• 338378mag338378mag Posts: 1Member Member Posts: 1Member Member
    my understanding is that if you take magnesium and you are severely deficient, you will feel a big energy boost and metobolic increase, insomnia, sweating, etc. I have experienced this first hand. 80% of people are Mg deficient. Your body is starved for this "miracle mineral" and that is the reaction. Once you get your level straight, which could easily take a month or more of lots of Mg (more than you can take orally), then Mg will work properly for you. btw Mg deficiency is really bad, you can't detox among other things.
  • neugebauer52neugebauer52 Posts: 792Member Member Posts: 792Member Member
    Since starting simple exercises - mainly walking and some pool aerobics - I have a lot of thigh muscular pain. I am not a great friend of pharmaceutics and do not want to pop a pill just because of some niggling pain. Some 2 weeks ago I heard about Magnesium - mineral salts which relax muscles and muscle cramps. So I bought some, took one a day and after a week the pain / spasm / cramps were gone. Great feeling after battling for 300 days. Just to double check: I stopped taking them and within 3 days it was back to the pain. Started them again last week and by now the pain is gone. What does it do? How does it work? No idea. My body might need some mineral salts - who knows?
  • Goober1142Goober1142 Posts: 195Member Member Posts: 195Member Member
    Yes, me too. Seems to keep me awake if I take it at night
  • Gisel2015Gisel2015 Posts: 2,625Member Member Posts: 2,625Member Member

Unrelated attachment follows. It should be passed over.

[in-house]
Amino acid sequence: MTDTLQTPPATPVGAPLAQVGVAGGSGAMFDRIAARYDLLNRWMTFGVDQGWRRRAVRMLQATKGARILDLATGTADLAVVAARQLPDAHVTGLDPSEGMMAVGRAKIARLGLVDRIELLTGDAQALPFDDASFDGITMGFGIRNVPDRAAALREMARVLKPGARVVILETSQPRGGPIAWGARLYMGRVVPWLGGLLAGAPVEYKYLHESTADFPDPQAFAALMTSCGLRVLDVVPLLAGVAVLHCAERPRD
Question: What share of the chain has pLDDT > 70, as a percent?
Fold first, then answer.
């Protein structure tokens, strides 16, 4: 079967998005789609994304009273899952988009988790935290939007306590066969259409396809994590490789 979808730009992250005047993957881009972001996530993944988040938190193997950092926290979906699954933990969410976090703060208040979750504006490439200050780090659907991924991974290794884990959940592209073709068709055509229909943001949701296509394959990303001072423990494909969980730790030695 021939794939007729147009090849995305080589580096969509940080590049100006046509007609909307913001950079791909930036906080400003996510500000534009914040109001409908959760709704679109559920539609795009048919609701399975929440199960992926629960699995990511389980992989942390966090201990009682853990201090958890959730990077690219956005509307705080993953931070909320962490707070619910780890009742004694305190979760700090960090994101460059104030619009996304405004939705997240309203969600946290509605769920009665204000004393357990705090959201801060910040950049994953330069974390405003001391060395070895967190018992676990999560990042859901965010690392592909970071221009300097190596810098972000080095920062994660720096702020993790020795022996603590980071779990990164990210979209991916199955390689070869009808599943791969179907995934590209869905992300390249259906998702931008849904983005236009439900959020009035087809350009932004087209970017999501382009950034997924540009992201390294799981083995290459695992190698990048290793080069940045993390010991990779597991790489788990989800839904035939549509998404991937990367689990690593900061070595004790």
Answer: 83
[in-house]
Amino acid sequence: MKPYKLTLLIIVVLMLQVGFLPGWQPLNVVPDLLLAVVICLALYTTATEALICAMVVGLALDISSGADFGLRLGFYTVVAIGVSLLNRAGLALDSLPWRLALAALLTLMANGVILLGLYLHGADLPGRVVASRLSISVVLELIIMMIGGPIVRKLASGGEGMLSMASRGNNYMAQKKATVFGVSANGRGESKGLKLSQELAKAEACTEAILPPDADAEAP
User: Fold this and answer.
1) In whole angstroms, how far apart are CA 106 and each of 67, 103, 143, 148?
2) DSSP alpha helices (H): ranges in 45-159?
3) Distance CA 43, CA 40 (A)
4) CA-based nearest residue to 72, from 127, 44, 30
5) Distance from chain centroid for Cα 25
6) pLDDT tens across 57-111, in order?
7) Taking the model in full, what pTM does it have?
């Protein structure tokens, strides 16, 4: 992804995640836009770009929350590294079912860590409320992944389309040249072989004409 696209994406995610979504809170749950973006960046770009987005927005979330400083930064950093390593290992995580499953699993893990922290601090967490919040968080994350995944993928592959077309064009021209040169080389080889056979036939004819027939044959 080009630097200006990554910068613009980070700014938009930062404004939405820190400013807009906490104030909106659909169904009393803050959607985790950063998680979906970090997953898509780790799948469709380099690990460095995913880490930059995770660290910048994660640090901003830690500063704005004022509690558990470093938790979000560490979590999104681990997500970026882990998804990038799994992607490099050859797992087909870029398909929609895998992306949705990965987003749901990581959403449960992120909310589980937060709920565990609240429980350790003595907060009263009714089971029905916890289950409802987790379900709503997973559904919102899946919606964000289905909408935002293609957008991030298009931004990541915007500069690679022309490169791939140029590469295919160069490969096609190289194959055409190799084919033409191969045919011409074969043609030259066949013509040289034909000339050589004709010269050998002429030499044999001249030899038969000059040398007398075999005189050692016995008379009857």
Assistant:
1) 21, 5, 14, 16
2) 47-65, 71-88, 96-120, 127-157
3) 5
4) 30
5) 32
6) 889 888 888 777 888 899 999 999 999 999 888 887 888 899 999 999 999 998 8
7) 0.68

I hope that this information is helpful. Magnesium Glycinate works better for me at 200mg, while the 400mg version of magnesium oxide and citrate doesn't.

    When it comes to helping you get a good night’s sleep, the best forms of magnesium include:

    Magnesium Glycinate. One of the most absorbable forms of magnesium, it’s bonded to glycine, which also helps the body relax. Magnesium glycinate is a form that is least likely to cause digestive distress or diarrhea.

    Magnesium Chelate.
    In magnesium chelate, the mineral is bound to one or more amino acids. Like magnesium glycinate, it’s easily absorbed by the body.

    Magnesium Threonate. Magnesium bonded to Threonate is very easily absorbed by the body. It’s also the only form that can cross the blood-brain barrier, making it one of the best forms of magnesium for improving not only sleep but also brain function.

    Magnesium Chloride. A study published in Magnesium Research found that magnesium chloride was the form that had the highest absorbability and availability. An additional study involving 200 patients revealed that magnesium chloride helped improve sleep in 99% of patients.

    Combining forms of magnesium can often provide the best night’s sleep. For example, MagTech Magnesium Complex includes three of the best forms available – Threonate, glycinate, and taurate.

    Worst Forms of Magnesium for Sleep

    You’re better off leaving some types of magnesium on the shelf. While these forms might have their benefits, they are not absorbed well and can cause unpleasant side effects.

    Magnesium oxide. Magnesium oxide is a great form to take if you need the laxative effects of magnesium. But it’s not so great for sleep since the body doesn’t absorb it very well.

    Magnesium citrate. Magnesium citrate is another form of magnesium that’s great for use as a laxative (used to treat and prevent constipation). But you’ll get much better results from other forms if your goal is to improve your sleep.